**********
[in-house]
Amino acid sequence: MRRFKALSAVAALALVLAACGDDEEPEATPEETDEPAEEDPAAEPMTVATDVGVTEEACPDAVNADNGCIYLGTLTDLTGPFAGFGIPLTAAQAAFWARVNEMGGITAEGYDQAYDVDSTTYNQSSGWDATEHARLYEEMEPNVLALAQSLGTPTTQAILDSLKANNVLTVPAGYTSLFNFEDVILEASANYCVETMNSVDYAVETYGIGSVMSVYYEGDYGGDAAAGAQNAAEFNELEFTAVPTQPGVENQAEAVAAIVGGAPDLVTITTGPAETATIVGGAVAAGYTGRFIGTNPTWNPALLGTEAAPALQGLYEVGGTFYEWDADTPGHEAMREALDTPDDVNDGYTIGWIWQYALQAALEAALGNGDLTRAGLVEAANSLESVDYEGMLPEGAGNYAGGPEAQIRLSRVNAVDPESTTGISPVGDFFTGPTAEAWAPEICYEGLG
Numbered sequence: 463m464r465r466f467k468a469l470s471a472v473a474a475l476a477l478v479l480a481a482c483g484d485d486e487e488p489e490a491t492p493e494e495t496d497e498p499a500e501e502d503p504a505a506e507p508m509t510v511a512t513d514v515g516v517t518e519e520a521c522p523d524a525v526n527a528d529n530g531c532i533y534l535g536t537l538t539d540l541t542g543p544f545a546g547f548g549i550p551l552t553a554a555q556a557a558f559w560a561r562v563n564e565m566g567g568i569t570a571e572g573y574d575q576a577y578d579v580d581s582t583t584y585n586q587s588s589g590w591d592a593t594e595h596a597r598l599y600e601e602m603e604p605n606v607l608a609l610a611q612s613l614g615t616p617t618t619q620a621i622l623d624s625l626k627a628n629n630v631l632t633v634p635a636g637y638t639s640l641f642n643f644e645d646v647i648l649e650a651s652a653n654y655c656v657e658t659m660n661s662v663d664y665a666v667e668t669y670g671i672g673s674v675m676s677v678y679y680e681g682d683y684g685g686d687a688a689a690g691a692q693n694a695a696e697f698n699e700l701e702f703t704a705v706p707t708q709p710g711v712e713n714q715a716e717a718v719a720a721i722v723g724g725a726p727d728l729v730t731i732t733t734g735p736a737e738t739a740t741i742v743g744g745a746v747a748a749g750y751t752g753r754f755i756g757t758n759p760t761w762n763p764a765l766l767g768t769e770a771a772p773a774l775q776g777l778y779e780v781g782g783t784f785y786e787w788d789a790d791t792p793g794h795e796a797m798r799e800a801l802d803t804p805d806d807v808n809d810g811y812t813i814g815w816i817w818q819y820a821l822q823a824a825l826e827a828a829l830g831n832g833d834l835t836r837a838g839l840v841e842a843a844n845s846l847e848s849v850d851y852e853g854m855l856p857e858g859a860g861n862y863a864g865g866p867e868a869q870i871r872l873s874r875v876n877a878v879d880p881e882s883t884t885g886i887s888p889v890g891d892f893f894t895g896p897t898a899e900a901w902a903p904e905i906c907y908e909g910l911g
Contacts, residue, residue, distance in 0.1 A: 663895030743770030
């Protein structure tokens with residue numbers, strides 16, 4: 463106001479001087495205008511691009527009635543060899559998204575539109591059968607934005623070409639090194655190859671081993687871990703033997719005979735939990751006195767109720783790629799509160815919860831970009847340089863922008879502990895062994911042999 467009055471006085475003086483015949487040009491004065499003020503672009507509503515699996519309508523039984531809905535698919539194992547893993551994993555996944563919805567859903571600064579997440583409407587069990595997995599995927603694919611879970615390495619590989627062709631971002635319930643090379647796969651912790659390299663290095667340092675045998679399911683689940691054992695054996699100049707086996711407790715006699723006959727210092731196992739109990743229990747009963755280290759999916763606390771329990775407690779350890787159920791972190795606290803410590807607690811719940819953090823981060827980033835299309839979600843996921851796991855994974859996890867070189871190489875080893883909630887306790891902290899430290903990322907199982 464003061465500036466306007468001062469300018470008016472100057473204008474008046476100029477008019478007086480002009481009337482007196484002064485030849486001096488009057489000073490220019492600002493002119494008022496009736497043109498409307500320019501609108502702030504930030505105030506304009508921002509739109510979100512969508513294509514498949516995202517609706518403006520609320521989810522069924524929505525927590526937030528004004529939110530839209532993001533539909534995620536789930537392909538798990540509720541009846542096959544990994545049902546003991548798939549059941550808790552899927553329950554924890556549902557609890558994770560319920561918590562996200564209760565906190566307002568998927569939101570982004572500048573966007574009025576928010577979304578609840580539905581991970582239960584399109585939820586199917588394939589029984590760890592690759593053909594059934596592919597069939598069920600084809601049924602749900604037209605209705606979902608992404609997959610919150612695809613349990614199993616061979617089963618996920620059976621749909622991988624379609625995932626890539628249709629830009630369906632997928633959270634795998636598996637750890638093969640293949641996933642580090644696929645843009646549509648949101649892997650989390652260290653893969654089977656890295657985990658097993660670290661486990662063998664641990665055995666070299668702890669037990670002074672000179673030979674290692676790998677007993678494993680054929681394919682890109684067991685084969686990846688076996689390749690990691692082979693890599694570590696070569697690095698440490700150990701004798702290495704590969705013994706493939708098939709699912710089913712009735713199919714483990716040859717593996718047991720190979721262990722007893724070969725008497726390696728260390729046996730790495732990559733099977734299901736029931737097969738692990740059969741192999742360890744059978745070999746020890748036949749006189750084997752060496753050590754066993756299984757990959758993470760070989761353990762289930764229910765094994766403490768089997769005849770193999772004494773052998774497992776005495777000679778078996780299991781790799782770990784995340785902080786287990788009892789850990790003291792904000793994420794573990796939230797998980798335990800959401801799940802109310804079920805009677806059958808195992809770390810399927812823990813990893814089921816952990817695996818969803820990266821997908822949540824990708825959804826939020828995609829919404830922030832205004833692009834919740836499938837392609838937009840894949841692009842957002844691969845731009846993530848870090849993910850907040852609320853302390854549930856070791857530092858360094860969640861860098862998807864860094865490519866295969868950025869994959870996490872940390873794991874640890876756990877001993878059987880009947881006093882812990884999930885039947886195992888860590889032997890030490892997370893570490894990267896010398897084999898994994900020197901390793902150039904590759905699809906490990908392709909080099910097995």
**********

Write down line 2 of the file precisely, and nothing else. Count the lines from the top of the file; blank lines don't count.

Amino acid sequence: MRRFKALSAVAALALVLAACGDDEEPEATPEETDEPAEEDPAAEPMTVATDVGVTEEACPDAVNADNGCIYLGTLTDLTGPFAGFGIPLTAAQAAFWARVNEMGGITAEGYDQAYDVDSTTYNQSSGWDATEHARLYEEMEPNVLALAQSLGTPTTQAILDSLKANNVLTVPAGYTSLFNFEDVILEASANYCVETMNSVDYAVETYGIGSVMSVYYEGDYGGDAAAGAQNAAEFNELEFTAVPTQPGVENQAEAVAAIVGGAPDLVTITTGPAETATIVGGAVAAGYTGRFIGTNPTWNPALLGTEAAPALQGLYEVGGTFYEWDADTPGHEAMREALDTPDDVNDGYTIGWIWQYALQAALEAALGNGDLTRAGLVEAANSLESVDYEGMLPEGAGNYAGGPEAQIRLSRVNAVDPESTTGISPVGDFFTGPTAEAWAPEICYEGLG